Our parish, St. George's Ottawa, celebrated its 125th anniversary today. We didn't rent period costumes but we did find some period-ish clothing to wear.
Videos to come tomorrow...
Elizabeth and I went for a little red wagon ride to see the tulips at Dow's Lake. She grinned all the way there.
Once at the park we attracted a lot of attention. "May I photograph your wagon?", asked one of the hundreds of photographers out in full force. Others waved, smiled and told Elizabeth how lucky she was.
One little boy rather wistfully asked me if I didn't think that Elizabeth was too small for it. I think she overheard him because she let go of the tulip she was holding, looked at me in the eye, and said "Done!"
I think "Done!" might be her favourite word. The way back home was a little more difficult because she discovered the back wheel midway at which point she was desperate to touch it, especially while it was moving. Then she was too hot and took off her sweater. Then she had to play peek-a-boo with the sweater and threw it on the ground. I promptly ran over it with the wagon, which was so popular that I ended up having to carry the sweater rather than leave it within arm's reach. Eventually I resorted to giving her bits of vegetation to investigate and throw overboard.
Elizabeth can now open cupboard doors (not just drawers). She's extremely proud of this and likes to show Mom and Dad at every opportunity. She's especially fond of climbing all the way into the pot cupboard and closing the door behind her. Then she opens the door again with a "peek-a-boo" and a big grin. I predict that some day soon she's going to scare someone out of ten years shrinking!
It may be time to get some kind of lock, especially after a certain fish food incident...
We celebrated Earth Day at the Museum of Nature, as they were offering free admission! Next month the renovations will be complete and many new exhibits are coming online, so I wanted to go one last time before everything changes. The museum is still extremely inaccessible for strollers and wheelchairs. Apparently this is not going to change in the near future. Maybe next year, said one security guard. I get that the renovations were pretty involved with wiring and plumbing and other behind the wall items but it's a bit disgraceful that wheelchair users will still need help to open the doors to the washrooms after millions of dollars and more than five years. Speaking of security guards, I felt they were creepily attentive on this visit. One guy even repeatedly walked in and out of the nursing area. I think they were probably just bored but it made me feel a bit uncomfortable.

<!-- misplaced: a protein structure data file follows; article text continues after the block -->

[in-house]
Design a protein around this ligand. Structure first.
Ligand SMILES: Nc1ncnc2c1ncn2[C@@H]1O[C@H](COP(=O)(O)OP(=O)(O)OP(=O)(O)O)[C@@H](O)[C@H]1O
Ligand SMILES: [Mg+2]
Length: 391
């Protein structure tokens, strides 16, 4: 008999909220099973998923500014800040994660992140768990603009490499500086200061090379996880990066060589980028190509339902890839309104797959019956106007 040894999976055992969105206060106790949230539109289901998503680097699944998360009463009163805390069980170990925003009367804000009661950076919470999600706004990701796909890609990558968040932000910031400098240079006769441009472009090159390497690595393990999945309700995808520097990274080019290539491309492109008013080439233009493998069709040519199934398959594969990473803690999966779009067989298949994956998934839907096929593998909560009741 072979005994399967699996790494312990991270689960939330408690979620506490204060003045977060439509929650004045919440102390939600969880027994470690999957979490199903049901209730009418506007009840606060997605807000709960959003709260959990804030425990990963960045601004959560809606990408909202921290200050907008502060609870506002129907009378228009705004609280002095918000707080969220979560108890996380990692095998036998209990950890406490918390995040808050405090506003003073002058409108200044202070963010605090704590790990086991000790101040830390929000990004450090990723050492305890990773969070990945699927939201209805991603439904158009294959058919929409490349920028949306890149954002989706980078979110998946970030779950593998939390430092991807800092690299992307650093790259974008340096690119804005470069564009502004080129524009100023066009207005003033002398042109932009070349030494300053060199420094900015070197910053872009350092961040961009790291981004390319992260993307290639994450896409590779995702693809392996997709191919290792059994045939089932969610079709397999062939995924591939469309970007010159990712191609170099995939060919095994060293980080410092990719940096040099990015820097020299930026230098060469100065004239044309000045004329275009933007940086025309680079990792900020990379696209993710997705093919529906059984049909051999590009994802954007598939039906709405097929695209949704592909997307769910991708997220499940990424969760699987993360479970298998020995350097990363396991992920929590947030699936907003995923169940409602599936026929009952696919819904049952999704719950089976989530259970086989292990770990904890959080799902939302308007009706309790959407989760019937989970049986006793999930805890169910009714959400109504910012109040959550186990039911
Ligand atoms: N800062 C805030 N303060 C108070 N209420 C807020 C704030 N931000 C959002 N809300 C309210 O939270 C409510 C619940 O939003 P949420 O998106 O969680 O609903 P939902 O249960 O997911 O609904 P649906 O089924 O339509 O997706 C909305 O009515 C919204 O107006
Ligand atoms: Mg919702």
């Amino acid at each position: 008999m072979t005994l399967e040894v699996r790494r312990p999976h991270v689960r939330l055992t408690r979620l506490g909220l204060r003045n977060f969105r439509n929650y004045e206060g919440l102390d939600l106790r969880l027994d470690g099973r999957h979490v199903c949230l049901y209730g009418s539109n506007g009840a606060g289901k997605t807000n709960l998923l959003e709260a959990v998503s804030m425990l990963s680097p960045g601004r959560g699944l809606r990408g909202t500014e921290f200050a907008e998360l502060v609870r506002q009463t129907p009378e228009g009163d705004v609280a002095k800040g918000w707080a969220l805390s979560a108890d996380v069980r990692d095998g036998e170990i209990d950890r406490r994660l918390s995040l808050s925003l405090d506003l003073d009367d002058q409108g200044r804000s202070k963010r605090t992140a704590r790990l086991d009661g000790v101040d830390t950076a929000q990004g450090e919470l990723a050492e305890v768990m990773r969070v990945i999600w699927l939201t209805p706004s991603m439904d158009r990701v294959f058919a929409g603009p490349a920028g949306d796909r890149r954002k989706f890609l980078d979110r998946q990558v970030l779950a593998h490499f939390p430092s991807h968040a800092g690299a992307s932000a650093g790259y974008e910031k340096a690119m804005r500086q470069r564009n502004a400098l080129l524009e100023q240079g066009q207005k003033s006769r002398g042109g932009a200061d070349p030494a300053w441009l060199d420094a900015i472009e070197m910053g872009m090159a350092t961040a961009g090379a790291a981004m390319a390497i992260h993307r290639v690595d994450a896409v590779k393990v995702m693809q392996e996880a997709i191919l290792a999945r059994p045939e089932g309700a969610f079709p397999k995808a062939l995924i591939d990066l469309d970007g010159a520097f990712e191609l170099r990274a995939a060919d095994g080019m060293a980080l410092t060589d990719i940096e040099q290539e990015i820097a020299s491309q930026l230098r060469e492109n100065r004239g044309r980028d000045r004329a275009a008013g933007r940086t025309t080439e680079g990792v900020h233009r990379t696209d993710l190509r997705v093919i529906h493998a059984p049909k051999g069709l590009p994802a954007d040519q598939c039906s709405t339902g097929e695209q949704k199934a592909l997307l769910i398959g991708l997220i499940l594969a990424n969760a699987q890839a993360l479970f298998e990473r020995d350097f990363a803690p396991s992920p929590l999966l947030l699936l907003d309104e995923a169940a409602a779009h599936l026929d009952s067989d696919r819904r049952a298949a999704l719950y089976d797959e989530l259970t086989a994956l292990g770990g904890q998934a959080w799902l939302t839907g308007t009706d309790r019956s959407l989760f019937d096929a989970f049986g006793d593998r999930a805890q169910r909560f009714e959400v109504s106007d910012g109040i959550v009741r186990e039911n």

Elizabeth actually already visited this museum this year with her Auntie Janice, but it's been just under a year since I last visited. I was surprised by how little has changed in that time. The bird sanctuary play area has more plastic containers to play with, but the stethoscopes have disappeared, as has the exhibit that compared your weight to that of a hummingbird or a turkey. The mammal dress-up area is down to two and a half costumes. There's a new special exhibit about Canada's native plants.
We spent ages playing in the bird sanctuary area, but eventually I got tired of rescuing Elizabeth from the clutches of other kids. Many were determined to snatch anything she picked up as they felt that Elizabeth was not rescuing the birds correctly. Elizabeth was happily pouring air from jug to plastic bowl, then taking eggs out of the incubator, putting them into the bowl and stirring vigourously, so they may have had a point.
The parents were annoying too. "Watch out for the little boy, he's just a baby dear" called one mom after a particularly aggressive eight year old nearly crushed Elizabeth's fingers in the rescue carrier. Another mom told her daughter to kiss the frog on Elizabeth's shirt. "Then he might turn into your prince." So we moved on to a less crowded area of the museum.
In the mammal area, Elizabeth was still frightened of the fake ice and polar bear exhibit, but this time she was happy to pet the polar bear fur. She liked dressing up and playing with the puppets. She liked scanning food for the growling bear. The special exhibit was great too with a lot of little doors asking questions that you could open to see the answer on the other side. Elizabeth really loved opening and closing these, and sliding the Canadian flag up and down to see what it would have looked like if we'd chosen a different native plant as the central symbol. I took a picture of the one that asked us to identify the type of maple leaf found on our pennies. Can you figure it out?
Elizabeth delights in going to the playground, especially if it has sand.
She likes to carefully give me small handfuls to keep for later and has started working on figuring out how to bury Daddy. The only problem? When we come home, half the sandbox comes too.